Saturday, November 13, 2010
Court Allowed Syrian Rabbis To Travel To Israel Despite Government Opposition
NEWARK, N.J. (AP) — They’re accused of laundering millions of dollars through international networks that reach back to Israel, yet several of the defendants in New Jersey’s largest corruption sting have been allowed to travel back and forth to that country since their arrests.
The U.S. Attorney’s Office has sought to block the trips, telling a judge the defendants are extreme flight risks. But experts say post-arrest travel is often allowed, as courts recognize that bail conditions shouldn’t interfere with defendants’ livelihood.
Among the 44 defendants arrested last year were five rabbis from New York and New Jersey — including the chief rabbi for the Syrian Jewish community in the United States — and several other Orthodox Jewish defendants. They were caught up in a two-track federal investigation into international money laundering and political corruption.
Since their arrests in July 2009, at least four of the defendants have traveled to Israel, some making several trips. At least two defendants traveled after pleading guilty to corruption charges but before being sentenced.
Defendant Rabbi Eliahu Ben-Haim, the former leader of the synagogue Congregation Ohel Yaacob in Deal, N.J., who was placed under electronically monitored house arrest, asked to travel to Israel in May to perform a bris on his newborn grandson. The courts denied his request.
Ben-Haim, who federal prosecutors have accused of laundering about $1.5 million through religious charities, pleaded guilty in June to a money laundering conspiracy charge. Four months later, the courts granted his request to go to Israel to officiate at his cousin’s wedding, requiring him to sign a waiver of extradition, and increasing his bail collateral.
Prosecutors opposed the requests both times, saying in part; “Contrary to his assertions, defendant Ben-Haim remains a serious flight risk,” and still had “significant ties to Israel” and links to “a powerful international money laundering network with vast financial resources.”
“He (Ben-Haim) is imminently facing serious penalties for his extensive criminal conduct,” prosecutors said in their court filing. “He already has demonstrated a clear willingness to deceive authorities if he deems a matter to be in his own self-interest.”
A spokeswoman for the U.S. Attorney’s office declined to comment beyond what was in the court filings, citing the ongoing nature of the cases.
Ben-Haim’s attorney, Lawrence S. Lustberg, said his client had shown responsibility by pleading guilty, had met all the court’s requirements, and had returned from Israel as promised. He said it wasn’t unusual for courts to permit defendants to travel overseas. The frequency of travel may seem more pronounced in this case because several of the defendants have ties to Israel, he said.
“Going back and forth to Israel is really kind of part of the landscape for this community,” Lustberg said, adding it’s not uncommon for judges to grant modifications of restrictions imposed at the outset of a case.
“There’s a general rule of thumb that as much as possible, bail conditions should not interfere with a person’s ability to pursue their livelihood,” Lustberg said.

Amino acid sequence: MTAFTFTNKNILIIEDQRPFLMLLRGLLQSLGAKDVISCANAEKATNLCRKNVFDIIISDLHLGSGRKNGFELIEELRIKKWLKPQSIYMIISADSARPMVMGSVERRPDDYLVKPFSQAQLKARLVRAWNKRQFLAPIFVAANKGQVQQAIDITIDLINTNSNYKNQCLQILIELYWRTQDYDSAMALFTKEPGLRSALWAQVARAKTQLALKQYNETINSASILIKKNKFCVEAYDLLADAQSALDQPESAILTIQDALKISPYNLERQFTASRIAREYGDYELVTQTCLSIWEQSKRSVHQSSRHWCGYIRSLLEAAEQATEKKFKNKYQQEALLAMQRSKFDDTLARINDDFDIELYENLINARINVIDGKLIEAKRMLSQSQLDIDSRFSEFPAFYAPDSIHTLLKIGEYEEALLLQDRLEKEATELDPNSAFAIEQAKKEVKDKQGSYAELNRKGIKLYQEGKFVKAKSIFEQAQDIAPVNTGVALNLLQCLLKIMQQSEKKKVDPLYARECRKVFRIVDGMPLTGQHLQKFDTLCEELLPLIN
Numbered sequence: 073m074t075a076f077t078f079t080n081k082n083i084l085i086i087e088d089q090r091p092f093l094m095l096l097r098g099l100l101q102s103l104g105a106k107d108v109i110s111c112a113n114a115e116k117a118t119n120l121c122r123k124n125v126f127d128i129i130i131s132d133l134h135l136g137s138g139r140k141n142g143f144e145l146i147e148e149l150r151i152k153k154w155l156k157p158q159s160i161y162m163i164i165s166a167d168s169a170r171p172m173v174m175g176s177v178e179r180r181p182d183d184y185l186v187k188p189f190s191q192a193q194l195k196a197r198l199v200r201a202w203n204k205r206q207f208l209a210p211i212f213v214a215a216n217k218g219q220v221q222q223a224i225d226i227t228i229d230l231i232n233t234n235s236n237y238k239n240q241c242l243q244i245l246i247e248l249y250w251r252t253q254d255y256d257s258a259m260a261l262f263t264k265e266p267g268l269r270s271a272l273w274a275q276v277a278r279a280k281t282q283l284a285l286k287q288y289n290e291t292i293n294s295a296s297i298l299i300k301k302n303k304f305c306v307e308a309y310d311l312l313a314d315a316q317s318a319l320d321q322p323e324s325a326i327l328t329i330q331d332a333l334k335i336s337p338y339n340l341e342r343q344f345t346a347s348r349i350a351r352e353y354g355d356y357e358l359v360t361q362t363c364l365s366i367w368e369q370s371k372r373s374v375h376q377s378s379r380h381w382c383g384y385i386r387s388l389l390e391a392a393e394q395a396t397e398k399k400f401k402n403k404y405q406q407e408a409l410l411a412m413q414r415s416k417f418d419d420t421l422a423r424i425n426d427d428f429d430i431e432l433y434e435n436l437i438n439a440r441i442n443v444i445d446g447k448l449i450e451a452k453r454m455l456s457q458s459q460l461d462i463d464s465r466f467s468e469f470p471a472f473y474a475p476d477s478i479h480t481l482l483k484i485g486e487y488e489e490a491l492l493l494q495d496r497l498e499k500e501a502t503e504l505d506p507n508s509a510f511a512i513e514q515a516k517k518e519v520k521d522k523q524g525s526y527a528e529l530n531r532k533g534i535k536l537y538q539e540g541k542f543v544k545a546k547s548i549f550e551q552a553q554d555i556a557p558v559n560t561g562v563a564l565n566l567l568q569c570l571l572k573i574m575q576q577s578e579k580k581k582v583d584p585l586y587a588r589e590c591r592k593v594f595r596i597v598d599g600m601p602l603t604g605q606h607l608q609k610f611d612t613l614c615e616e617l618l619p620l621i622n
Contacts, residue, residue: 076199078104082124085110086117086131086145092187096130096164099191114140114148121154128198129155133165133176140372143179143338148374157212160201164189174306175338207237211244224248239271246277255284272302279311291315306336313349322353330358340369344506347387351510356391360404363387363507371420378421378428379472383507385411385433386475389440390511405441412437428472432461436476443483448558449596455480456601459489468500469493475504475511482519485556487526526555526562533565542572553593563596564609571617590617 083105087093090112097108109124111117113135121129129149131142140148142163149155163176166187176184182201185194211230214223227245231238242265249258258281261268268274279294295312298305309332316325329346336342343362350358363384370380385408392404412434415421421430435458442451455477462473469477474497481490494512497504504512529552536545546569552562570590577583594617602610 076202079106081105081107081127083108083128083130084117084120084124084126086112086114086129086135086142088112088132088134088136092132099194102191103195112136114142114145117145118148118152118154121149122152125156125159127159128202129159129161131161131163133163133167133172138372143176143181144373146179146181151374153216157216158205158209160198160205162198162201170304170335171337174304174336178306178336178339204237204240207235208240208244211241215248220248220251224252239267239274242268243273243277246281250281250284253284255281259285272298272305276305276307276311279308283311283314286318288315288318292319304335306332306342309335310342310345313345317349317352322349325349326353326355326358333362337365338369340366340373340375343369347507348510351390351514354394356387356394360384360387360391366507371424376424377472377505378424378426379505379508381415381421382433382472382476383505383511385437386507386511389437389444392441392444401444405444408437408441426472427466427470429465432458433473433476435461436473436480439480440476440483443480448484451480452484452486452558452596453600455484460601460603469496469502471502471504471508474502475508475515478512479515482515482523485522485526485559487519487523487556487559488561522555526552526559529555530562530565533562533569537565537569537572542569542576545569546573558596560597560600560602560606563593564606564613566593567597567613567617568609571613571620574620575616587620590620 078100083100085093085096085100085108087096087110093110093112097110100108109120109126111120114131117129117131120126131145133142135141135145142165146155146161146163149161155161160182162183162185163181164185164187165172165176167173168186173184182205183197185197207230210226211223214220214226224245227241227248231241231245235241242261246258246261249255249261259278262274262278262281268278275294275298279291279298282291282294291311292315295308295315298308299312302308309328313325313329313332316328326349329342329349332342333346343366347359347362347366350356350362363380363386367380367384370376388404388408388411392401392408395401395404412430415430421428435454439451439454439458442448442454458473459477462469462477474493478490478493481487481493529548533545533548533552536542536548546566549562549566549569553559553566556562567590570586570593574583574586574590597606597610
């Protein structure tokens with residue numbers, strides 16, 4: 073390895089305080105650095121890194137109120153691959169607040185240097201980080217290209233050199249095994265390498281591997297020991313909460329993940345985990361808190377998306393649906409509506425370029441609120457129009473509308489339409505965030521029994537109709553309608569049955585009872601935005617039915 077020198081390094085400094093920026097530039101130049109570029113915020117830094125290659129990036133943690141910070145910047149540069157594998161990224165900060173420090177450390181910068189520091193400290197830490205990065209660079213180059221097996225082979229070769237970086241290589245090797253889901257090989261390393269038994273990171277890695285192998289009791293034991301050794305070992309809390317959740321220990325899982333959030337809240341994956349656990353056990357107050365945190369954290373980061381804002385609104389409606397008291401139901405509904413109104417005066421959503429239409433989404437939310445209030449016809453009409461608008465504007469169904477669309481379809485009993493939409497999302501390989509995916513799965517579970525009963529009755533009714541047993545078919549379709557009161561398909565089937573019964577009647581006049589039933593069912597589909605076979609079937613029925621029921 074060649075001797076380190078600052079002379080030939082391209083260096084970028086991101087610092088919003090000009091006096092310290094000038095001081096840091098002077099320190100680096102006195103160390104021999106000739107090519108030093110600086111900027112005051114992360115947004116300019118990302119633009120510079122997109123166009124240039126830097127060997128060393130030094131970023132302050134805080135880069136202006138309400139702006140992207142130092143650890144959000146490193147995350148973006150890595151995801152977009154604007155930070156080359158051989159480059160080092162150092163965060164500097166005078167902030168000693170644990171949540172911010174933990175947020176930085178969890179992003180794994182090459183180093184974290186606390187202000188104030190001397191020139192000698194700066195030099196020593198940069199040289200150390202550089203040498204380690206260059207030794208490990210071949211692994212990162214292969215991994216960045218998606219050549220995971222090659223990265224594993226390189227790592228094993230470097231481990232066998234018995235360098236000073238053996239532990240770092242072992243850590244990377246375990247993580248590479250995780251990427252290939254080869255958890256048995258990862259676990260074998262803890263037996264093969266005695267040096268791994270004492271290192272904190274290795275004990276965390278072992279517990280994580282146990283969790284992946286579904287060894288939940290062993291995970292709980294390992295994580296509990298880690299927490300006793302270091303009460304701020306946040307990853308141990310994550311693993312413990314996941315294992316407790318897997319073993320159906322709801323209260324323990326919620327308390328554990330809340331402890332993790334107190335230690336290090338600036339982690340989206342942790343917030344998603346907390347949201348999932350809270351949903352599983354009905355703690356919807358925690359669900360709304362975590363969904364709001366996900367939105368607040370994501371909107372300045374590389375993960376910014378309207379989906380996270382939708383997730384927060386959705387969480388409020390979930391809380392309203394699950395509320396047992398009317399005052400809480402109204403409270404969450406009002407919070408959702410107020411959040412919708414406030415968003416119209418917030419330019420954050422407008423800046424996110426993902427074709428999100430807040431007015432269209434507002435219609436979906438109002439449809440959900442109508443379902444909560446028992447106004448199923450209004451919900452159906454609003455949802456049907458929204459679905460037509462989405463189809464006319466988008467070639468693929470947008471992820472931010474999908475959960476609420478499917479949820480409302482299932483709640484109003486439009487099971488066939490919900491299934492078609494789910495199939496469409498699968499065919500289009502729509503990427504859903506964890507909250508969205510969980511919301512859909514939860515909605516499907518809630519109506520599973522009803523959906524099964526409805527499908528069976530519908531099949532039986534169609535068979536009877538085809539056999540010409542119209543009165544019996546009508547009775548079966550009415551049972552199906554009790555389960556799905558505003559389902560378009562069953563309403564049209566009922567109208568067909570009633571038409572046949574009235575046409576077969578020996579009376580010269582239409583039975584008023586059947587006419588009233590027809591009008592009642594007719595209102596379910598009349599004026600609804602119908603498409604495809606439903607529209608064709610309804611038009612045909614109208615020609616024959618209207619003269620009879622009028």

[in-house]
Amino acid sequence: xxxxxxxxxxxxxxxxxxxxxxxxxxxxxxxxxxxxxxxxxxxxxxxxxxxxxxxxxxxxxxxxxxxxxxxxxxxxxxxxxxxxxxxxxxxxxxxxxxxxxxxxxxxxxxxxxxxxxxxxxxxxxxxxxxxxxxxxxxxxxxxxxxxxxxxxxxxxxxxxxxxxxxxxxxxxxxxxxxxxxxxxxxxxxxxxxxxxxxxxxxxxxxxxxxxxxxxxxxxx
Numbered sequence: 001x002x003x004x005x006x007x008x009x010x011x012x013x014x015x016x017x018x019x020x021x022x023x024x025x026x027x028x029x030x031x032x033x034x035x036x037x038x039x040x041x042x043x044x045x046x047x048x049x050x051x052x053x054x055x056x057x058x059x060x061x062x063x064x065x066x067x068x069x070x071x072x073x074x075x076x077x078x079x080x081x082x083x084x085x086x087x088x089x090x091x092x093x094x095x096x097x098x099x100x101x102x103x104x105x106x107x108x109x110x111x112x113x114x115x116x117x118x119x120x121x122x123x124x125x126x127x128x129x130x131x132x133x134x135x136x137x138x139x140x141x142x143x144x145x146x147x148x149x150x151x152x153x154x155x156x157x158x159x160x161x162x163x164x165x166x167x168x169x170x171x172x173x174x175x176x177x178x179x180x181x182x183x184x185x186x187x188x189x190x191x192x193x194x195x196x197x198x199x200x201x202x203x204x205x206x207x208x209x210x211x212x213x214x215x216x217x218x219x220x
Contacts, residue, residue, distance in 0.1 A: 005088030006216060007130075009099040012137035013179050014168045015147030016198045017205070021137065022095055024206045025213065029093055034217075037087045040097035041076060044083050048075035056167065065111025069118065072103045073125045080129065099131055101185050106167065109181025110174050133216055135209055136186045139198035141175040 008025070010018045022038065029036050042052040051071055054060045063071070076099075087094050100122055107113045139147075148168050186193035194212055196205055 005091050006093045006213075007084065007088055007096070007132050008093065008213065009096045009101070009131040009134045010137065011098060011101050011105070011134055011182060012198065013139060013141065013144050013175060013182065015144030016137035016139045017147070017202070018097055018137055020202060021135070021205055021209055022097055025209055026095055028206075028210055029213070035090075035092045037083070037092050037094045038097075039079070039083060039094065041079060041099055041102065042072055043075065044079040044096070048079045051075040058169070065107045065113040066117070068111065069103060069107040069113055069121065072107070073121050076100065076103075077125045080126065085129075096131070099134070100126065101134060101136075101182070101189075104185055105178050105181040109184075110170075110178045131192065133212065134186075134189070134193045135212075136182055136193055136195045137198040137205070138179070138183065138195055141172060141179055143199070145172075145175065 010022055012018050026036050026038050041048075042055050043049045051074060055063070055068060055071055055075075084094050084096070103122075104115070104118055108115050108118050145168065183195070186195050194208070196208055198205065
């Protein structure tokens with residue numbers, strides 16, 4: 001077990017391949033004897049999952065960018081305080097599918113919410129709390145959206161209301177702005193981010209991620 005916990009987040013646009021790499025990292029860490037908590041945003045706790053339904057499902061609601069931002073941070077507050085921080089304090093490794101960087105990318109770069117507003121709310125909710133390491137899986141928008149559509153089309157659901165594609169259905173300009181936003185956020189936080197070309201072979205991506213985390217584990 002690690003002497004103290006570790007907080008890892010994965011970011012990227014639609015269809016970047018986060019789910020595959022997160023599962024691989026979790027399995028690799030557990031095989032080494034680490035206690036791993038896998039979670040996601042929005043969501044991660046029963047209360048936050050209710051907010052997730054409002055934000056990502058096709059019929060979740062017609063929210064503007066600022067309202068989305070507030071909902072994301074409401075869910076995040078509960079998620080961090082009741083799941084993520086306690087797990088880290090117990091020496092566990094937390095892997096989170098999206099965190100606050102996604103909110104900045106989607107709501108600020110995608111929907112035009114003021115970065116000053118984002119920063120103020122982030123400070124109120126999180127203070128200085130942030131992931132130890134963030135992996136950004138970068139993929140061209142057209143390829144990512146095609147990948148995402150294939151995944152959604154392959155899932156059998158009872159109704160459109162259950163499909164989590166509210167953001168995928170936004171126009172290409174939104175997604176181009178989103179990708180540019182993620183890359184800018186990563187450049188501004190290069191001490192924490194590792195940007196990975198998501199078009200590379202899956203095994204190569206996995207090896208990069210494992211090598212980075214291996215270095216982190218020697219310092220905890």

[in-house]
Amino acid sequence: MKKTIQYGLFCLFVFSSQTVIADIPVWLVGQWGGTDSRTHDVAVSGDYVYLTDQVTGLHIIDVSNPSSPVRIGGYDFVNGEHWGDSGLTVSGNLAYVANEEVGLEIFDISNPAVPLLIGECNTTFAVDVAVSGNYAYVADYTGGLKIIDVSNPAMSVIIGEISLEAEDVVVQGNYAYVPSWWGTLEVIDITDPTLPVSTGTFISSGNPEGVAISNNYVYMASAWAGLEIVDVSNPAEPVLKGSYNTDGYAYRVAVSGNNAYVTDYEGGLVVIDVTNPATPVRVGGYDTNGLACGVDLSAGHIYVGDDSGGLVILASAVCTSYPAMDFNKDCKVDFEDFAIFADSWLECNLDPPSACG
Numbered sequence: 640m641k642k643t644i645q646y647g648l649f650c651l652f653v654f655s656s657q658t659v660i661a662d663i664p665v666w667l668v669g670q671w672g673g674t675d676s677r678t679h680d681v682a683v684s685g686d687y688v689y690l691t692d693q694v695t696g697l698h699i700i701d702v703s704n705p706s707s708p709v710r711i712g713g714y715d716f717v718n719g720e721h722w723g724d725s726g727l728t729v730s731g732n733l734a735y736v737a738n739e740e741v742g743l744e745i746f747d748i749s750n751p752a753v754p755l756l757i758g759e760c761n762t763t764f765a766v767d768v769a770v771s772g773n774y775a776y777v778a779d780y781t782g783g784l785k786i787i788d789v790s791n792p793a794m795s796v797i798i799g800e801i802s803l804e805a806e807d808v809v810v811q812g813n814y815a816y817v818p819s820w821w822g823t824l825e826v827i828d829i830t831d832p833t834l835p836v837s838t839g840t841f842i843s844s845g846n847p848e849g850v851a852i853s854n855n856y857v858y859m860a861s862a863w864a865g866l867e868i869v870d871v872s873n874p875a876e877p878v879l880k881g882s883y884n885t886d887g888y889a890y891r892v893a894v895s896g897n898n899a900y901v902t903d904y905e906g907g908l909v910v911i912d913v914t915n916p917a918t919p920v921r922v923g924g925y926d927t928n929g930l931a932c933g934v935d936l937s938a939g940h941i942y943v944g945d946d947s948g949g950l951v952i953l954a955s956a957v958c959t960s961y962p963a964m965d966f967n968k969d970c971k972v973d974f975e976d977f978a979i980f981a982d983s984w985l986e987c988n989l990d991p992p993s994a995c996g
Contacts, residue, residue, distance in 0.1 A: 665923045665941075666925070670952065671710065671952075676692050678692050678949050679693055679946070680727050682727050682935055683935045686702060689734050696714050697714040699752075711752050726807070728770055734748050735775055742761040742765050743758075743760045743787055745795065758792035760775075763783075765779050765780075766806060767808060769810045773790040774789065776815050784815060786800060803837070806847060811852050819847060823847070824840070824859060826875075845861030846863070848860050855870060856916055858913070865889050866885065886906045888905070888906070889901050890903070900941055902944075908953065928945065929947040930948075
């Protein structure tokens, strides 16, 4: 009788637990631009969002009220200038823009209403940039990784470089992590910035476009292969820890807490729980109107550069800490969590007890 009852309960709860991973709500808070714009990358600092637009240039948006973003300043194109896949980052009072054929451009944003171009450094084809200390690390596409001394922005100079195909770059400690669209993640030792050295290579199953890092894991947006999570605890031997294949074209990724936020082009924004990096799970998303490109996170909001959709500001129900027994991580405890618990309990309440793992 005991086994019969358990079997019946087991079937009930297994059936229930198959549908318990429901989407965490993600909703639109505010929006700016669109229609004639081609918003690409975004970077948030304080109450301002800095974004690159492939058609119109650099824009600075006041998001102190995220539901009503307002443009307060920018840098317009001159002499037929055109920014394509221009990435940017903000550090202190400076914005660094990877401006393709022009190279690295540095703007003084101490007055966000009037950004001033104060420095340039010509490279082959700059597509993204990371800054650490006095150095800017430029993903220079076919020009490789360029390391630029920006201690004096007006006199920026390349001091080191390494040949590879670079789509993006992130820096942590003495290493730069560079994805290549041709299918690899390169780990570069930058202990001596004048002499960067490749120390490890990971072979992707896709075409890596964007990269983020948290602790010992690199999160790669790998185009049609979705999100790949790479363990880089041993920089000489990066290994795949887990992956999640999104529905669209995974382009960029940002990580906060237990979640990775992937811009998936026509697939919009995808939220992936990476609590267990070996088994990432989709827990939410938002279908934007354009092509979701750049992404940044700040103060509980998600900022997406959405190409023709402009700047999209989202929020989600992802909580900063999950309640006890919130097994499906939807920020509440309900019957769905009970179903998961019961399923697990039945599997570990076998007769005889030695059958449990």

In court filings, Lustberg argued for several modifications to Ben-Haim’s restrictions, such as allowing him greater flexibility during religious holidays.
“Respectfully, the need to protect the sanctity of Rabbi Ben-Haim’s relationship with those whom he serves as a rabbi clearly outweighs the necessity for the conditions that have been currently placed upon him,” Lustberg said in his filing.
Other defendants who have traveled to Israel since their arrests told the court they had to perform religious services, attend family weddings or visit ailing relatives.
Edmond Nahum, a principal rabbi of the Deal Synagogue, has traveled to Israel three times since his arrest on money laundering charges. He also was allowed to visit Florida after asking the court for permission to administer to his congregants who spend winters there.
His attorney, Justin Walder, emphasized that his client had not been indicted, had only traveled to Israel to visit his elderly, ailing father, and had returned each time in full compliance with the court’s conditions. He said Nahum did not pose a flight risk because his children had remained in the U.S. with relatives while he was overseas.
“In general, the federal side requires an individual to stay within the jurisdiction of the court,” Walder said. “But it’s not uncommon for individuals to have reasons to travel, such as family reasons, and I would think it’s not uncommon for people to travel when they have roots here.”
The two seemingly disparate tracks in the federal case — money laundering networks alleged run by members of an insular religious community, and officials from several New Jersey towns who were arrested on corruption charges — are tied together by one man: Solomon Dwek — the government’s key cooperating witness.
Dwek, the son of a prominent rabbi from Deal, N.J., agreed to wear a wire for federal authorities after pleading guilty to a $50 million bank fraud. Alternately posing as a businessman and a corrupt real estate developer, Dwek ensnared several members of his Syrian Jewish community on money laundering charges before branching out to New Jersey officials in what prosecutors say was a cash-for-development assistance scheme.